- Other opioids. Heroin and other opioids combined with oxycodone lead to an increased risk of overdose, coma, or death.
- Alcohol. Alcohol enhances the sedative and depressant effects of oxycodone, leading to impaired judgment, poor coordination, and breathing difficulties.
- Anxiety medications. Anxiety medications are benzodiazepines and cause drowsiness, confusion, and breathing difficulties when mixed with oxycodone.
- Muscle relaxants. Muscle relaxants, such as carisoprodol, can cause excessive sedation, dizziness, and breathing difficulties when mixed with oxycodone.
- Other (CNS) depressants. CNS depressants interact with oxycodone and cause similar effects to alcohol and benzodiazepines.
- Medications that affect oxycodone metabolism. Some medications can block enzymes in the liver that metabolize oxycodone, resulting in higher levels of oxycodone in the body.
- Medications that increase serotonin. Various medications can increase serotonin levels in the brain using different mechanisms from MAOIs, and interact with oxycodone to cause serotonin syndrome.
- Diuretics. Diuretics interact with oxycodone and reduce its effect by increasing its elimination rate from the body.
- Anticholinergic drugs. These drugs interact with oxycodone to cause constipation and paralytic ileus.
Are Oxycodone and Norco the Same Thing?
Nope. Both oxycodone and Norco are prescription painkillers containing an opioid and acetaminophen, but they have different active ingredients. Oxycodone is the opioid contained in Percocet, while Norco contains hydrocodone as the opioid component. Oxycodone is considered the stronger painkiller of the two.
Though oxycodone and hydrocodone are both opioid-derived painkillers, there are some differences between them, such as.
- Oxycodone is derived from the opioid alkaloid thebaine while hydrocodone is derived from a different opium alkaloid, codeine.
- Oxycodone, milligram for milligram, is approximately 50% stronger than hydrocodone This means that lower doses of oxycodone can achieve the same level of pain relief as higher doses of hydrocodone.
- Oxycodone only has pain-relieving effects, while hydrocodone is also an effective cough suppressant.
- Oxycodone poses a higher risk for potential for addiction and abuse.
- Both oxycodone and hydrocodone are available in different forms and combinations. Oxycodone can be taken alone or in combination with other pain relievers such as acetaminophen, aspirin, or ibuprofen. Hydrocodone can be combined with the same drugs, as well as with antihistamines or decongestants.
Opioids are powerful drugs that are excellent at relieving severe pain but also have a high potential for abuse, dependency, and addiction. Were one to become addicted to either of these medications, there are treatments available for recovery and rehabilitation.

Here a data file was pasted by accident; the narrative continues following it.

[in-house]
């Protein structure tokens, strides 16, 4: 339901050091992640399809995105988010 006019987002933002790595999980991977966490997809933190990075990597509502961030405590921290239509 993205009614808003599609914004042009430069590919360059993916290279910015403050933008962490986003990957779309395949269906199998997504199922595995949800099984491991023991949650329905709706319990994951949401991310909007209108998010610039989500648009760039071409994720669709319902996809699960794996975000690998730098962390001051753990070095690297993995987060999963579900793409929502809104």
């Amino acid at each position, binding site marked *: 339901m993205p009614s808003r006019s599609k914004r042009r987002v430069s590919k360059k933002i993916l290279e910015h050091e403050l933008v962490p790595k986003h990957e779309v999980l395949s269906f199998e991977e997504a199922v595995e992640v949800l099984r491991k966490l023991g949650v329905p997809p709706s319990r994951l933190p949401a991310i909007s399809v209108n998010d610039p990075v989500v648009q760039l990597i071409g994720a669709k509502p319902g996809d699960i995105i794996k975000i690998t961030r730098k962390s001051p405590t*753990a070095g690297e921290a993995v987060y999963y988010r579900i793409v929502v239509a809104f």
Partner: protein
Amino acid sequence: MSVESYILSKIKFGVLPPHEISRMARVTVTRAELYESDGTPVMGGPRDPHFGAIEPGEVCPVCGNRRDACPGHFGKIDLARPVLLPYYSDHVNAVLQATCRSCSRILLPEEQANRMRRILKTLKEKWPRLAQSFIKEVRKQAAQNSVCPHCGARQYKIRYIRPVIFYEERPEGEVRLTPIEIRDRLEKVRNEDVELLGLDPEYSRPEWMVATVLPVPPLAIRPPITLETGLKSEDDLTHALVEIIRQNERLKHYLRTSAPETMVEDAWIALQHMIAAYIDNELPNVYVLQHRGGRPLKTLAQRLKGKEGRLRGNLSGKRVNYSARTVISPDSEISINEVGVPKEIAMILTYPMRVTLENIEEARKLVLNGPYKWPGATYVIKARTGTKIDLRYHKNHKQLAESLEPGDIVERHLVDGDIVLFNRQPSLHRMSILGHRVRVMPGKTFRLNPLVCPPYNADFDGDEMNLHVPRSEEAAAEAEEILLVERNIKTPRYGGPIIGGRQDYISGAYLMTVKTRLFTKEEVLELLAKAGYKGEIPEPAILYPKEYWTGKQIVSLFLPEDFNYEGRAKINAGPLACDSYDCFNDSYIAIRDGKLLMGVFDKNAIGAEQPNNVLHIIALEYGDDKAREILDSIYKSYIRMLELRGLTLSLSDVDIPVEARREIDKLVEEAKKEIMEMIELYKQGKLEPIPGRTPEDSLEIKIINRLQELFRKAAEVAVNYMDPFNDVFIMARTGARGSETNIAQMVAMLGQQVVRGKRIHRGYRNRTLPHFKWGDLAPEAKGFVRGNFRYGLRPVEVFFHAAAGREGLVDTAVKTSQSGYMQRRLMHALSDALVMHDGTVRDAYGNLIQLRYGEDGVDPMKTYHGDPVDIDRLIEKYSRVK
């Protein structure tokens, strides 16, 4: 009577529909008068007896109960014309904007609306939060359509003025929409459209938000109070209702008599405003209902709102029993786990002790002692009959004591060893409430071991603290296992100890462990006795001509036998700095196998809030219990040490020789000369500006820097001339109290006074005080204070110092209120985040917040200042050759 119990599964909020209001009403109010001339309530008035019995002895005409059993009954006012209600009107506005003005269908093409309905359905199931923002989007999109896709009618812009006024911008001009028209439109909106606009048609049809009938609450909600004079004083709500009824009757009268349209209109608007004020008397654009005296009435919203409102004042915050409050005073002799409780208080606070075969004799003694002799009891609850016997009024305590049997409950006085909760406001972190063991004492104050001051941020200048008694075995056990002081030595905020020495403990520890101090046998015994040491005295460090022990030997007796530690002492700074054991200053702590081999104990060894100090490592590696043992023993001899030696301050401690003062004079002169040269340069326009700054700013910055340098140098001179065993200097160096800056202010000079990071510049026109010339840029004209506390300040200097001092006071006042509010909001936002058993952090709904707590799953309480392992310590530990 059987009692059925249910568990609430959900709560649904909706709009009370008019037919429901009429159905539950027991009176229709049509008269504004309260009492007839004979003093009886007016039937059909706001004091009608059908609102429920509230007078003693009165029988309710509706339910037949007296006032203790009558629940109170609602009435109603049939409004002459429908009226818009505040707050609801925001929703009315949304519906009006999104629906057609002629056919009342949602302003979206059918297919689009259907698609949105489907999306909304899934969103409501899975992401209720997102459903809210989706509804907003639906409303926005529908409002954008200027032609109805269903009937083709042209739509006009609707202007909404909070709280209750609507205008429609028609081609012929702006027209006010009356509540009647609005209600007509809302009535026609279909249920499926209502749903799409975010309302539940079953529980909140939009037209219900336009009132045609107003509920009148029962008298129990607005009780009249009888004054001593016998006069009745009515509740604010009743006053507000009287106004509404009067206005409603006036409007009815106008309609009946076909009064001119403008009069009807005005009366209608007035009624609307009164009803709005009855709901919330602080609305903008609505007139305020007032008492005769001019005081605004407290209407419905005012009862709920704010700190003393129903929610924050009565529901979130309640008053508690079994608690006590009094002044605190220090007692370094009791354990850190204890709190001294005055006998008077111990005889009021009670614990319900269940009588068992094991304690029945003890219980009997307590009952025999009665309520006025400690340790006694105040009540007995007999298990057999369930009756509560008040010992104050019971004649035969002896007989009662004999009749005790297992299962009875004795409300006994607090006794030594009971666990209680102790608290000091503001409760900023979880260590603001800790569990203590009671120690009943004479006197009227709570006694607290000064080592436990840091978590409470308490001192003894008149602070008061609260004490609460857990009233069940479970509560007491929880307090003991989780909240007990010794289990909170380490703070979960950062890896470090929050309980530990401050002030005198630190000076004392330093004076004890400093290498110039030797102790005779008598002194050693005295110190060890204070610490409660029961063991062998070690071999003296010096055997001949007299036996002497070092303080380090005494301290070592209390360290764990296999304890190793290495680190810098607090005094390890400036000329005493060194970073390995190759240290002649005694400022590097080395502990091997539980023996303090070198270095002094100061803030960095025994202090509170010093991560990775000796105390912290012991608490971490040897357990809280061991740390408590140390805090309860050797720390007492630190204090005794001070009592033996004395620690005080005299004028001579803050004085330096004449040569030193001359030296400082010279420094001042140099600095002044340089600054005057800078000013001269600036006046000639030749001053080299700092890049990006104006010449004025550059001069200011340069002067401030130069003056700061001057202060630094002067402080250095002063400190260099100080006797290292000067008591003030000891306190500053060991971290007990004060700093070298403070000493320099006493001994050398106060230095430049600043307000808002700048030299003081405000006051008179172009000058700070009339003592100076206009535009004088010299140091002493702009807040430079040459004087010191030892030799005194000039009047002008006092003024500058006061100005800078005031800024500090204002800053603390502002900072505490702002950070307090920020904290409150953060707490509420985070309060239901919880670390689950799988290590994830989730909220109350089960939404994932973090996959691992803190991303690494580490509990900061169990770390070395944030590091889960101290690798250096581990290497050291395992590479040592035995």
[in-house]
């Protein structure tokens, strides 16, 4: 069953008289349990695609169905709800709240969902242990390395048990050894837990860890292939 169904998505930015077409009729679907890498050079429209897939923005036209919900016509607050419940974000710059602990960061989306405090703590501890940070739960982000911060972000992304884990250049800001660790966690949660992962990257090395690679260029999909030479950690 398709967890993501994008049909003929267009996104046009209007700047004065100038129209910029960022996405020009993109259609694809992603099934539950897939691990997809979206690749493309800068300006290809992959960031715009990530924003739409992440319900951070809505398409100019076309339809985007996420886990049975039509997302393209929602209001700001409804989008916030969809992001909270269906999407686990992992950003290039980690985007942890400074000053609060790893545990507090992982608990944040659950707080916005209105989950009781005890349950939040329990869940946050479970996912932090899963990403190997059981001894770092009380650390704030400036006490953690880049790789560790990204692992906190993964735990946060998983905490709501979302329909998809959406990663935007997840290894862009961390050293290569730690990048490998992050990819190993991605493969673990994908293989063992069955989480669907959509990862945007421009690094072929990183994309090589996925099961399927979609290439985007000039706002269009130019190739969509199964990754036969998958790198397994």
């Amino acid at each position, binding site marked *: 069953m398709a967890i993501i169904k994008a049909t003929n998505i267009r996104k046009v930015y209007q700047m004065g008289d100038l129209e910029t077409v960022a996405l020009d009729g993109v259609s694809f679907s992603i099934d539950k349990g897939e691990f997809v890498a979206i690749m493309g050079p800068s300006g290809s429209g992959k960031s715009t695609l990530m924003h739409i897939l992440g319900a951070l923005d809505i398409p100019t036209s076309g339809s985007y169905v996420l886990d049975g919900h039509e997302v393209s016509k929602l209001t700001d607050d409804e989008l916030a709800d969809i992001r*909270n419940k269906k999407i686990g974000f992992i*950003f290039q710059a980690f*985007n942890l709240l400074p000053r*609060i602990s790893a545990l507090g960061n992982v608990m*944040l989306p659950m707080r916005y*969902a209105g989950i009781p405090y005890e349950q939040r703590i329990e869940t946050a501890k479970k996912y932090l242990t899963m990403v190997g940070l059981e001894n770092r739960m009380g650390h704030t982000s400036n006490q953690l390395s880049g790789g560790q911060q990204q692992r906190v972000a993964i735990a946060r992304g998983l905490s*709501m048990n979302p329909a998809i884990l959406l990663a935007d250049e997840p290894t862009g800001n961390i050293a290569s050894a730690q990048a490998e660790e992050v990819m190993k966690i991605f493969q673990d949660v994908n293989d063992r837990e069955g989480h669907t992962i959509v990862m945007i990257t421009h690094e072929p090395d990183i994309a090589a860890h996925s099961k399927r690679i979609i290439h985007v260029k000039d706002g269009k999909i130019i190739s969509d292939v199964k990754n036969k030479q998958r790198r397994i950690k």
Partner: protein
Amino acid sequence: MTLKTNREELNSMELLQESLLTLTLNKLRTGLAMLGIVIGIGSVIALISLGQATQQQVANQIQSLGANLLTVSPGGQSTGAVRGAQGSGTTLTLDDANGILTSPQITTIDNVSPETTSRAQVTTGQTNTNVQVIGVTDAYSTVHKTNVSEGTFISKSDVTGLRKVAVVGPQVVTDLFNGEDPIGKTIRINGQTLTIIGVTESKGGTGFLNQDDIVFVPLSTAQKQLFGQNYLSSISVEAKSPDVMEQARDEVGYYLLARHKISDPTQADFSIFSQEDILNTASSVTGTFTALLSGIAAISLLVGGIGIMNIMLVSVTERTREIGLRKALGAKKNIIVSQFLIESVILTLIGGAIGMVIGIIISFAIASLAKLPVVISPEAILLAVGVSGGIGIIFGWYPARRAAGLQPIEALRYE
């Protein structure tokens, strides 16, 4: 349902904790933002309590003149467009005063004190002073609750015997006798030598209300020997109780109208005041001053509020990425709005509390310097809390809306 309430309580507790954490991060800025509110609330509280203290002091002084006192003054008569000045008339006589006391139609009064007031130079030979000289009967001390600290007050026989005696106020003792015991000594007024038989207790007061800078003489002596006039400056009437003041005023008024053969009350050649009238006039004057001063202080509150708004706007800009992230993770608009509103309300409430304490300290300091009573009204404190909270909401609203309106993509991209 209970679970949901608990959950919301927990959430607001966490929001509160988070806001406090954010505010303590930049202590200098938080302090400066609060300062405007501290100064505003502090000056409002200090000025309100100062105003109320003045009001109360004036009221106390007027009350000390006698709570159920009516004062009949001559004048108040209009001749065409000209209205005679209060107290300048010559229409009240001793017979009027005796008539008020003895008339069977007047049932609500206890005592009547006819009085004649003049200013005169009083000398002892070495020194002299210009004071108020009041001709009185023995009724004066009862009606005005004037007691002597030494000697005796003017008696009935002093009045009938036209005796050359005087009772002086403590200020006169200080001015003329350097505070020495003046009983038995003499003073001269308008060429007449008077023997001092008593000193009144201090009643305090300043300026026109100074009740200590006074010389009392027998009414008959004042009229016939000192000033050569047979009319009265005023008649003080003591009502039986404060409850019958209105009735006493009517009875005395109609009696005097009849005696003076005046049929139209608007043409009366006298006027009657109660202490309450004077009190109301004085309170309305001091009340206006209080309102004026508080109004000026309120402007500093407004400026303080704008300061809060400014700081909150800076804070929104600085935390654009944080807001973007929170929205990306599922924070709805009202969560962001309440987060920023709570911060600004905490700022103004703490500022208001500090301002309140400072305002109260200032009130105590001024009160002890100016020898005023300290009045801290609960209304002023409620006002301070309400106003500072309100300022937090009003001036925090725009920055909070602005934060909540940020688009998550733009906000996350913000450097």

One of the most effective treatments for Oxycodone or Naro is medication-assisted treatment (MAT), which incorporates FDA-approved medications such as buprenorphine or methadone to reduce cravings, prevent withdrawal, and restore normal functioning in people with opioid use disorder (OUD). These medications act on the same receptors in the brain as opioids, but without releasing the euphoric effect or risk of overdose. These medications are taken only under strict medical supervision and are typically combined with behavioral therapies and support services to increase their effectiveness. Another medication, naltrexone, blocks the effects of opioids and reduces their appeal and comes in the form of a pill or as a monthly injection.
People addicted to Narco or oxycodone will benefit from other treatment forms such as counseling, group therapy, peer support, relapse prevention, family therapy, education, and aftercare. These treatments are tantamount to helping people address the root causes of their addiction, cope with triggers and stress, develop healthy coping skills, rebuild relationships, and maintain recovery. Addiction treatment is a personalized affair where each person will follow a bespoke and unique path to recovery.
Substance use disorders and addictions to prescription painkillers are an ever-present reality in today’s world. Such medications should only be used for short periods, and the doses should be followed religiously. We at Laguna Shores Recovery recognize that despite your greatest efforts, it can be easy to succumb to opioids’ euphoric and relaxing effects.
Our competent staff at our facility located in Orange County, California, are ready to help you along the road to recovery. We offer different addiction therapy services and recovery programs that will be tailor-made to suit your particular needs and requirements. We spare no expense to ensure that your treatment is as comfortable, supported, and streamlined as possible.
Contact us today to schedule a facility tour, speak with our experts about your particular needs, or ask any questions you have concerning our practices and care.